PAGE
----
Rainwater tanks are fairly easy to maintain overall, as it allows you to utilize a great, renewable energy resource that is extremely useful to all. Drinking water is not quite so easily renewable, so this really helps lower the wastage so prevalent in most societies.
Rainwater harvesting helps reduce the overall water bills, giving you a chance to be free of paying greater sums to water utility companies. This is extremely useful for a lot of smaller businesses and families, as it allows them to lower their overall bills. On a greater, industrial scale this works even better, as it allows harvesting rainwater in much larger quantities.
It makes it great for irrigation purposes as rooftops can work as an area for catching the water, which can then be linked to a harvesting system and water tank or rain barrel. This makes gravity the driving power here, lowering the use of fossil fuels.
It helps reduce the overall demand of ground water, as most cities take a serious toll on the drinking water of the areas around them. This greatly helps with the natural balance between our population density and the local biosphere.
It helps reduce erosion and floods, as rainwater can be contained in a way that doesn’t hurt the environment.
Rainfall can be pretty unpredictable in some areas of the world, so this could seriously inhibit the usefulness of a system like that. You should not depend solely upon rainwater for your water needs, especially in areas where such rainfall is limited.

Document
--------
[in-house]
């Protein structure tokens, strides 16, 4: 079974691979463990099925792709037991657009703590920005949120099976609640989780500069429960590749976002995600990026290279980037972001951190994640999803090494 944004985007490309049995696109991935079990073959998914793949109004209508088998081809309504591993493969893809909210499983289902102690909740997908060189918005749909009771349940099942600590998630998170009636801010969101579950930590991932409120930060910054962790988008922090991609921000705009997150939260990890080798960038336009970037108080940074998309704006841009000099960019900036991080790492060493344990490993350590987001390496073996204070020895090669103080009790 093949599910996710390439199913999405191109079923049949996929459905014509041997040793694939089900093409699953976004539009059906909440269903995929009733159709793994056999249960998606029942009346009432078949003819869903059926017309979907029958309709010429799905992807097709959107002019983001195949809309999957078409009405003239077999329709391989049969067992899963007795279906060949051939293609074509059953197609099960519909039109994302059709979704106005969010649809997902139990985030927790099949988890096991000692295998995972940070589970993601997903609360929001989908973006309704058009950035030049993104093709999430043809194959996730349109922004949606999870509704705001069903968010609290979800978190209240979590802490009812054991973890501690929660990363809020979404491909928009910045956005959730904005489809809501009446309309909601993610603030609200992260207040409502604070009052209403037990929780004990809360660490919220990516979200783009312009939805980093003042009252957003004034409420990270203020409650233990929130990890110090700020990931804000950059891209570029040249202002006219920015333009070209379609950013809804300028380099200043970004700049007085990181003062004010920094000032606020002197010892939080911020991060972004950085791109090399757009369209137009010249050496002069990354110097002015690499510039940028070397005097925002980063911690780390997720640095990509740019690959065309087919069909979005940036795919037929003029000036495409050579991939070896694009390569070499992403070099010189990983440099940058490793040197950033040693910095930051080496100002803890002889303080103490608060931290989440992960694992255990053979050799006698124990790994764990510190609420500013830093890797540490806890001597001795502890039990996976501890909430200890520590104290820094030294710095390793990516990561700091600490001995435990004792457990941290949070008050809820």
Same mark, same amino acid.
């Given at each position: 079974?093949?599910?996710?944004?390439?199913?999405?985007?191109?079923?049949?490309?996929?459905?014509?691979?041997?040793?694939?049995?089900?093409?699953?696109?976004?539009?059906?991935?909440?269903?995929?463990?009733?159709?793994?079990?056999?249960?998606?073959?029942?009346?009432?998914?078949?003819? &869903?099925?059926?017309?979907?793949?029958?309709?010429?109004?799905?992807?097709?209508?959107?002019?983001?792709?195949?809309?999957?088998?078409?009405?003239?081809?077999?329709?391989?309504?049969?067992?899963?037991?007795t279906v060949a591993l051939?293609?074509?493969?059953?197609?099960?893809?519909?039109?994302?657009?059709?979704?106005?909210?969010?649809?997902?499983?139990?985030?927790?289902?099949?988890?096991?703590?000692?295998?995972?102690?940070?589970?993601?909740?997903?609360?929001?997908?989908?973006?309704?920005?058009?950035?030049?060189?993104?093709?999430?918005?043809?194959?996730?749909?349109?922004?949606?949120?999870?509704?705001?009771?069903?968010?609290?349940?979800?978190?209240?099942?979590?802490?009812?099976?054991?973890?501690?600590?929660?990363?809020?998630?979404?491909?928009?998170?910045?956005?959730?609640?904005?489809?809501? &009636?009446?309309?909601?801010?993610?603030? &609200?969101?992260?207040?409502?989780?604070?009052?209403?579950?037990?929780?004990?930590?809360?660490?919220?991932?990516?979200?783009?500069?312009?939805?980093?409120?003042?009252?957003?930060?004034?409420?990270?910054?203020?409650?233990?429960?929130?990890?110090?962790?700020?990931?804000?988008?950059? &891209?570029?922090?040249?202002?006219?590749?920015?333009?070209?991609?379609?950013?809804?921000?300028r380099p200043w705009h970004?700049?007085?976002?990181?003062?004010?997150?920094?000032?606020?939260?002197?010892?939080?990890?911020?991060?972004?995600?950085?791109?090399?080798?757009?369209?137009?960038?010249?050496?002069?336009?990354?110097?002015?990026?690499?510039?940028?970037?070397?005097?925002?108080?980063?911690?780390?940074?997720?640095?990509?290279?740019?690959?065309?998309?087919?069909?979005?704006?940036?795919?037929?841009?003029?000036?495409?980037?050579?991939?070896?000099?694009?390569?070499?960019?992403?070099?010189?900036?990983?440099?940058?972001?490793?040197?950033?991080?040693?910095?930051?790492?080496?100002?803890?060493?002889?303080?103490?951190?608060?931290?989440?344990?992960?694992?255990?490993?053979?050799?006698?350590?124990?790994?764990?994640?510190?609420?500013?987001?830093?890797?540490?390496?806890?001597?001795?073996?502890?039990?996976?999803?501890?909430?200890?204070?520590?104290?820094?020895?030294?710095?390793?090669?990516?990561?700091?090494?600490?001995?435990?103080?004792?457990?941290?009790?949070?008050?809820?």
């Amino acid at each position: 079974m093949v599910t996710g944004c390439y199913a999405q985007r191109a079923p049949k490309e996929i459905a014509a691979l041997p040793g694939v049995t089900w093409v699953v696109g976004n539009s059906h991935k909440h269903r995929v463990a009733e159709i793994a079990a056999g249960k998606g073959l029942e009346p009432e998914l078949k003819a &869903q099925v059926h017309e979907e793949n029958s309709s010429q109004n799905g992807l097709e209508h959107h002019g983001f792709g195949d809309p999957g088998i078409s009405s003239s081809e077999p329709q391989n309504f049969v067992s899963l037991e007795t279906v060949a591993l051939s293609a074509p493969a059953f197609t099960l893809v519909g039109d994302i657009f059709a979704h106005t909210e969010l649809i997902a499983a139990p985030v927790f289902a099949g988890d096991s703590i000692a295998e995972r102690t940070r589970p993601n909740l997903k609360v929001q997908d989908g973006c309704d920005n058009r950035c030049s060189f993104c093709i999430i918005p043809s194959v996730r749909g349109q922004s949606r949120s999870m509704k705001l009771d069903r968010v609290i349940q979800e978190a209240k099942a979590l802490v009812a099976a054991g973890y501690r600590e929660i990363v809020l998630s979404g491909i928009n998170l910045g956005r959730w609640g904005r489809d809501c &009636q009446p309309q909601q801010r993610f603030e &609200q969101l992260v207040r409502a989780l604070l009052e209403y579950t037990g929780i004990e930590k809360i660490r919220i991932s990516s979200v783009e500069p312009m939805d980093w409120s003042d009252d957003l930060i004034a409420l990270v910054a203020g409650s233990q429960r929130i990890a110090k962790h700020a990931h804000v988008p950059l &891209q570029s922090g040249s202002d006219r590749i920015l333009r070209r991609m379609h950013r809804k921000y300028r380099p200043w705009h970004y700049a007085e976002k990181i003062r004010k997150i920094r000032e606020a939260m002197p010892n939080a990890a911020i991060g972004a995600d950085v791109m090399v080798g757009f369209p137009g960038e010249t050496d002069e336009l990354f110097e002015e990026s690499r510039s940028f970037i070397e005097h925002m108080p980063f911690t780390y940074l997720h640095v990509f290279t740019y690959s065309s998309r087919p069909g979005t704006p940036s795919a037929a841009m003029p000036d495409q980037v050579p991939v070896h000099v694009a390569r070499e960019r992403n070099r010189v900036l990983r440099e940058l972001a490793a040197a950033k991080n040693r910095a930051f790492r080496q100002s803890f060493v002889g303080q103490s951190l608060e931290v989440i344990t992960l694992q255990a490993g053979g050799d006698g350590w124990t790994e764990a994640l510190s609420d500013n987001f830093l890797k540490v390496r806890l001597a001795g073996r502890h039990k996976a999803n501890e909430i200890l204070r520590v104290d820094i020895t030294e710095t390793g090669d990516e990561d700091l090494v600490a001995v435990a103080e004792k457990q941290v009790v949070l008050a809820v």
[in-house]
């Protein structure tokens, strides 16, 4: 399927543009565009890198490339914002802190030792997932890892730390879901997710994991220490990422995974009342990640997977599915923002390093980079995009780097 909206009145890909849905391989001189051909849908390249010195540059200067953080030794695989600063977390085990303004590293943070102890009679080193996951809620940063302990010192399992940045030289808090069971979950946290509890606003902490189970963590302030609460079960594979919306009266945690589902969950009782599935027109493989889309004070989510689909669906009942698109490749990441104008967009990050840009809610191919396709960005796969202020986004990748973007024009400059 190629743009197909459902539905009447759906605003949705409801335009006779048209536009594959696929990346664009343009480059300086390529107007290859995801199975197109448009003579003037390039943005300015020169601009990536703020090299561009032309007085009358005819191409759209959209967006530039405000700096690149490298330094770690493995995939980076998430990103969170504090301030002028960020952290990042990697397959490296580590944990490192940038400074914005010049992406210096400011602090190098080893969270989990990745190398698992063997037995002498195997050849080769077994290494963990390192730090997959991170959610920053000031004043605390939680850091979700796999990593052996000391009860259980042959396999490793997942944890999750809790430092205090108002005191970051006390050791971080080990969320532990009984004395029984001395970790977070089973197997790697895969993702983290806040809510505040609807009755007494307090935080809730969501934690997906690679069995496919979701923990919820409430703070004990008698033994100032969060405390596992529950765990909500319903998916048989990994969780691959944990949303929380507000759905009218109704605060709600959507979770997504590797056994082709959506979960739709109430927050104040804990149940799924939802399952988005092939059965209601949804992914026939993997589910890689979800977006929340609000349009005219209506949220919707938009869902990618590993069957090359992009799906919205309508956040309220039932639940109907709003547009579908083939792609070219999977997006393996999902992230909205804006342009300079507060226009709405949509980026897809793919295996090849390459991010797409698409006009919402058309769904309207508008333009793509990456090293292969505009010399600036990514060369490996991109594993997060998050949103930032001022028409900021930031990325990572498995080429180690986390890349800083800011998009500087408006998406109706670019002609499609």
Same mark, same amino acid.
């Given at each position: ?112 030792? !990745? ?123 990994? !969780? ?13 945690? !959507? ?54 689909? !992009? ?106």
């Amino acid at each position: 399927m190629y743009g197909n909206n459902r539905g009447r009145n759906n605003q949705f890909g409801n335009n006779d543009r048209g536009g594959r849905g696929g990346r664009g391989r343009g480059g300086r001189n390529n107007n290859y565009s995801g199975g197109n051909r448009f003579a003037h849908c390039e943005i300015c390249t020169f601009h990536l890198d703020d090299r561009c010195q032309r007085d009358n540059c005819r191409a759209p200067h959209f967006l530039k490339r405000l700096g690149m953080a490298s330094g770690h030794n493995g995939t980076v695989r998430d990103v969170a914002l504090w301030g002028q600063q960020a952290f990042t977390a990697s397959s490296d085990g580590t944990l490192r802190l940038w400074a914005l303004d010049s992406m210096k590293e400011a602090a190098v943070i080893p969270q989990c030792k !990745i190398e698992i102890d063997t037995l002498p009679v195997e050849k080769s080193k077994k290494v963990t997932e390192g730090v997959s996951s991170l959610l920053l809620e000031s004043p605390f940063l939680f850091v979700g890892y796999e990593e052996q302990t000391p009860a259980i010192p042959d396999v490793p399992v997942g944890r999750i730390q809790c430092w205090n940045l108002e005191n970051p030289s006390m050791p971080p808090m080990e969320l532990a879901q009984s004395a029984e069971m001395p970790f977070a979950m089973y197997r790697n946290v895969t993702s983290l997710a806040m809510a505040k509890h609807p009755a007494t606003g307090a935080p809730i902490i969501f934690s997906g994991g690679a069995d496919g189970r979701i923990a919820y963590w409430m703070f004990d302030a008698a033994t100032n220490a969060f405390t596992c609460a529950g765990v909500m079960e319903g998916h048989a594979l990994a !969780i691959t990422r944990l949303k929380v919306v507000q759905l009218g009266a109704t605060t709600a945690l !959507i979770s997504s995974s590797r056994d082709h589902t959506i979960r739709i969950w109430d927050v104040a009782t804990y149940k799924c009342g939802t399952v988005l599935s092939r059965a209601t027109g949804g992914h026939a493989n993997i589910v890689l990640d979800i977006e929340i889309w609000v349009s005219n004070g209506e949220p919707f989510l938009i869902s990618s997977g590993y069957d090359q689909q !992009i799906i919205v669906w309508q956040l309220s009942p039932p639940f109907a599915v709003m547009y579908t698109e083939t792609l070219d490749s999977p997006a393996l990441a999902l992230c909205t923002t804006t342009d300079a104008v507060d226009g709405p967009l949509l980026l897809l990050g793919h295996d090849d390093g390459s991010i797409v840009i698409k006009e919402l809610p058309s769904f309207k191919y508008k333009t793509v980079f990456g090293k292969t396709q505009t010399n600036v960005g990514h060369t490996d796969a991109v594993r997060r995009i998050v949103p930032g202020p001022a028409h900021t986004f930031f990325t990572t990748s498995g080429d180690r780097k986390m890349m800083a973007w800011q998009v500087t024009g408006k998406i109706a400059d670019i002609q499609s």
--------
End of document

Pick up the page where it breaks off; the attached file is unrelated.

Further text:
The initial costs can be steep for some households, depending on the system and how much benefit can be derived from its use. Much like solar panels, the costs can be negated for the next ten to fifteen years, largely depending on the system itself and the rainfall of your area.
Regular maintenance is required for rainwater as the tanks can get mosquitoes, algae and worse if you leave them unattended for far too long.
Some roof types may be a problem for water tanks, as they can allow animal droppings, insects and even chemicals to seep into the water if used for plant irrigation.
You can also have a limit to water tank storage capacity (sometimes due to space available) that restricts the amount of water you can use. After all, during a heavy, pouring rain the system may not be able to handle the volume released by local weather.